Moderated Re: OT, Accessible TV Recommendations

Gene Warner

I have been considering purchasing an XBox. I have heard that besides games, that they also can be used as a streaming player. Does anyone know anything about that?

alsknow anything about

On 9/16/2022 9:32 PM, Nermin via wrote:
you can also get Android TV's, or Google TV, as the newer models are called.
Models running Android include TCL, Samsui, Philips, Sony, and I think some later Hisense offerings.
The way to enable accessibility on most models is by either pressing and holding down the mute button on the remote, or sometimes the back and menu buttons together, or by pressing and holding the volume up and down buttons simultaneously for a few seconds.
Some TCL devices run a proprietary operating system, and they have an accessibility option on US-Based systems. I don't know anything about other languages.
I think their system on some TV's is called VIDAA.
Sony are quite expensive, but they have good speakers included in their TV sets.
What makes most TV's expensive is their screen technology and size. So if you only want accessibility and are not going to have a lot of sighted visitors who will benefit from a larger screen size and hence a better viewing experience, just look for smaller TV's.
Also, depending on the screen technology in use, you have to consider the size of the room the TV will be set up in. This is owing to the fact that the viewing angle may or may not play a part.
Due to the way flatscreens are built, smaller TV's will often have thin and slightly tinny sound, so be prepared to either hook up a stereo or bluetooth speaker for a better sound experience, or better yet for a sound bar that will act as a modern external speaker.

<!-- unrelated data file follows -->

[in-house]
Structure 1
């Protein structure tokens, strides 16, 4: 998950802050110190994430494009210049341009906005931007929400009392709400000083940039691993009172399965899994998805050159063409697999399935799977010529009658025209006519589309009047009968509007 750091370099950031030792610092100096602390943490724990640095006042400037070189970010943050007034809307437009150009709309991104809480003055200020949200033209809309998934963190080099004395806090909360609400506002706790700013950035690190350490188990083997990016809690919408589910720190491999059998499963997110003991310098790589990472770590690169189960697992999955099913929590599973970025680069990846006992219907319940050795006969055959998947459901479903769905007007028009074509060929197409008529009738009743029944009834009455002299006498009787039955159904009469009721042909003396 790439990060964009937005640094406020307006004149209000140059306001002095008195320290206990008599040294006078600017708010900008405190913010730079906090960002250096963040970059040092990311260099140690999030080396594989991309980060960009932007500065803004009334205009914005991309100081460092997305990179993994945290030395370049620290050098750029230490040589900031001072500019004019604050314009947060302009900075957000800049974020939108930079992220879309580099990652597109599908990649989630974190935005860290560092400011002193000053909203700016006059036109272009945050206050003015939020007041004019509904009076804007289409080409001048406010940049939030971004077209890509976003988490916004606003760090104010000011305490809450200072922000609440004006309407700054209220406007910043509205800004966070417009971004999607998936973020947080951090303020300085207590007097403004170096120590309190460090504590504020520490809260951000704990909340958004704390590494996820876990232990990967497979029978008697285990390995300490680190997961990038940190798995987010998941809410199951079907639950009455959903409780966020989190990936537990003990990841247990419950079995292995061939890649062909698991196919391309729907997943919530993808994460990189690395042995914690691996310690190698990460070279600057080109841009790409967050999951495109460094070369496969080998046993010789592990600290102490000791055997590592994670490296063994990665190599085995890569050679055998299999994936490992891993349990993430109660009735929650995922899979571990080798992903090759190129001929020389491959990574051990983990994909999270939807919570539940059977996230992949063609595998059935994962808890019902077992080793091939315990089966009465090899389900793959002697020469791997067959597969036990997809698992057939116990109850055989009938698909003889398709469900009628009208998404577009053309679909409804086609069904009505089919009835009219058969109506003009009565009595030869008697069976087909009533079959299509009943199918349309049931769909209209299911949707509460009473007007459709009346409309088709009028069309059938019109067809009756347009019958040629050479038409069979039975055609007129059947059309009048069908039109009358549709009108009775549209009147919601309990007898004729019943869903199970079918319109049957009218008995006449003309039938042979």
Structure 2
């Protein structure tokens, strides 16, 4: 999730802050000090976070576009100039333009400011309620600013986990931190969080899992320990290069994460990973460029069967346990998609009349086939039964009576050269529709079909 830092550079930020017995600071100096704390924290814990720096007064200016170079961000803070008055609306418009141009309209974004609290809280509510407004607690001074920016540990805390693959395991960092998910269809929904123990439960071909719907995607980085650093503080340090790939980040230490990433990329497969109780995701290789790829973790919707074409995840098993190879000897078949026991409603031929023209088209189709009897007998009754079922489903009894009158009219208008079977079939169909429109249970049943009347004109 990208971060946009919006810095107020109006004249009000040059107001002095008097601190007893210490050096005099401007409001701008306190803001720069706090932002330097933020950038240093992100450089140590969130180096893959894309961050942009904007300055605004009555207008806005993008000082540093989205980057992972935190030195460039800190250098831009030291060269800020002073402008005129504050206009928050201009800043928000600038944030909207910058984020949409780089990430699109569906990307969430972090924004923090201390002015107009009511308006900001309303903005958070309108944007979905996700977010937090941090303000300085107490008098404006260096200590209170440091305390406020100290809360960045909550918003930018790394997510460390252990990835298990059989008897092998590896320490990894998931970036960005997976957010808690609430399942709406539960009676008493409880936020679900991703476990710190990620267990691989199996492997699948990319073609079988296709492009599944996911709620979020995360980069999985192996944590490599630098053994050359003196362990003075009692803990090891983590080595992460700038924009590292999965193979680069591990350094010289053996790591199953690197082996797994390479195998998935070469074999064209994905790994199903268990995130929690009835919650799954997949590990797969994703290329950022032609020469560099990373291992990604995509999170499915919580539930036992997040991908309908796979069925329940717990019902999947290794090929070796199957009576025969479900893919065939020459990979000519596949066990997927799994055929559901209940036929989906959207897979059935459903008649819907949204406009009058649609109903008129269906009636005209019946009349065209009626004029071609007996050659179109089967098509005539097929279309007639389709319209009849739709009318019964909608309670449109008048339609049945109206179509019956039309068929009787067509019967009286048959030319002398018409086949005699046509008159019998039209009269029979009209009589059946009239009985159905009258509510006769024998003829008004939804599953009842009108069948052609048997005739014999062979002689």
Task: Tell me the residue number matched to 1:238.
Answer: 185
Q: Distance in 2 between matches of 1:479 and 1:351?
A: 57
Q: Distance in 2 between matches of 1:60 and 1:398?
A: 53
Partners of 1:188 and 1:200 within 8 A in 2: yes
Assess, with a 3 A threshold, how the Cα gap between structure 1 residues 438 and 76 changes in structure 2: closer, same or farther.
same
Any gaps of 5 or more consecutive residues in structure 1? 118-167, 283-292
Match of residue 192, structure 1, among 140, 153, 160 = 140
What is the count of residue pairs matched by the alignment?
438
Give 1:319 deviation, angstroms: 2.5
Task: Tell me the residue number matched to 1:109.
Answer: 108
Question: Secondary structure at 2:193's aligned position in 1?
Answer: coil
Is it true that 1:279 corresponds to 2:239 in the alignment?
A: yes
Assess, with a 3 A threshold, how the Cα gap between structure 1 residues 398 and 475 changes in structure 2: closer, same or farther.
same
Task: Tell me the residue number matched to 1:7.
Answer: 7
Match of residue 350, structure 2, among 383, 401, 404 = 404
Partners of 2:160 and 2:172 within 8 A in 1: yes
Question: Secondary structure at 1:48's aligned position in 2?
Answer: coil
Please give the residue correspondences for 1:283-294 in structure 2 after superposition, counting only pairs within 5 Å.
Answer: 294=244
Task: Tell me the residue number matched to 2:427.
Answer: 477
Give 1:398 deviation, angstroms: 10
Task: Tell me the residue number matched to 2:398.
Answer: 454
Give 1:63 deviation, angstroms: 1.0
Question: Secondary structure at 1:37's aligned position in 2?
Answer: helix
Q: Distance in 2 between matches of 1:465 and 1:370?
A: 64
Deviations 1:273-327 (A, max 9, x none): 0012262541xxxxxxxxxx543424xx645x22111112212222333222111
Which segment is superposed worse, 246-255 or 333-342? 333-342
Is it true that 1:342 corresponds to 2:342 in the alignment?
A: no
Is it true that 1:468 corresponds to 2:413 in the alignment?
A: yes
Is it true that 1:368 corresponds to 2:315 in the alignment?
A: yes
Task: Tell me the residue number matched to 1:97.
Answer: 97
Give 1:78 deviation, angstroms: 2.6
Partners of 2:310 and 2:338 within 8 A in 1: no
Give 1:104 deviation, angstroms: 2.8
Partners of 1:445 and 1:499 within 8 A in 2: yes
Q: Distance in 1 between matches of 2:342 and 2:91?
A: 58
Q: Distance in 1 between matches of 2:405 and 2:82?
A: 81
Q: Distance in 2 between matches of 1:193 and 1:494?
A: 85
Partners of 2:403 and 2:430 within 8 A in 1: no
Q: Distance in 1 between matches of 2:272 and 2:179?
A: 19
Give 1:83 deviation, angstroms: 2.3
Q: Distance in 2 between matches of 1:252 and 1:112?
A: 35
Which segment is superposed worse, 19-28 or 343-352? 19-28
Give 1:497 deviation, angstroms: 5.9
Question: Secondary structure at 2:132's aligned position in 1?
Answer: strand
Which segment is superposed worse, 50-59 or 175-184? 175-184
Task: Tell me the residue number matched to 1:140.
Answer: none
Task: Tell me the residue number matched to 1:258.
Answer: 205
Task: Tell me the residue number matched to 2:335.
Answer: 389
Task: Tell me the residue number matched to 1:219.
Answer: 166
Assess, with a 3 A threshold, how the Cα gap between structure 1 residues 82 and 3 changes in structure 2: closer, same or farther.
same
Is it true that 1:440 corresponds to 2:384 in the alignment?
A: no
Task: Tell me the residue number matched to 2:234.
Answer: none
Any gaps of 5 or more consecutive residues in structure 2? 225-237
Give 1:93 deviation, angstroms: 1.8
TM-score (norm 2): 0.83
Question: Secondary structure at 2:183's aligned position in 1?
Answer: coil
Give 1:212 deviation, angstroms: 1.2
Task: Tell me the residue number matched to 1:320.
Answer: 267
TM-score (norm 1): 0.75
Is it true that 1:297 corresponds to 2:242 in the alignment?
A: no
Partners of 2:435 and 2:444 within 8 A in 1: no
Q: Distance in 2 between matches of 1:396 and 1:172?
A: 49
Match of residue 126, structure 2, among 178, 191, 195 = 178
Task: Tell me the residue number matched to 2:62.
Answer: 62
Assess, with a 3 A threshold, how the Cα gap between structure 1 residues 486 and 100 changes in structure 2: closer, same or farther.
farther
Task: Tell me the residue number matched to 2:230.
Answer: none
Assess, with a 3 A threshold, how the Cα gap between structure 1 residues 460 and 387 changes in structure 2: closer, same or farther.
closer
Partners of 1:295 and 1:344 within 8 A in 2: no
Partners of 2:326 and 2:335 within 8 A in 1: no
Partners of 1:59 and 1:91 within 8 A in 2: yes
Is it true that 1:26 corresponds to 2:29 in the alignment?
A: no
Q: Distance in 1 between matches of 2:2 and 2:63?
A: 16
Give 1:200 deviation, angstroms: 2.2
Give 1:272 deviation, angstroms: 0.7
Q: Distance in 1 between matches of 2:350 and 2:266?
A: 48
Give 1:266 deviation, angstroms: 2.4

Panasonic also have accessibility built into their TV's, but they ron a proprietary system.
Some people say that third-party apps are not that accessible on their devices. However, if you do not care for that and only want to watch TV using an antenna, cable or DVBT signal, then that may be your choice.
Just throwing this out there for completeness sake and for people to be able to look for alternatives.
Most models will have built-in connectors for satellite dishes, cable, and DVBT.
Samsung also have accessibility in their TV's, and if you're looking for apps, they are also a good choice.
LG is also known for a lot of apps on their TV's, and they also have accessibility on board.
Finally, you can find a lot of samples of different voices on Youtube. Just use accessibility TV plus the brand you're interested in.
Samsung call their accessibility option "Voice Guide", Amazon TV has "Voice View".
Not sure what the others call it on their systems. Try voice guide or guidance or similar.
There will be a lot of results on how to turn the feture off.
Hope that was helpful.
Happy watching,

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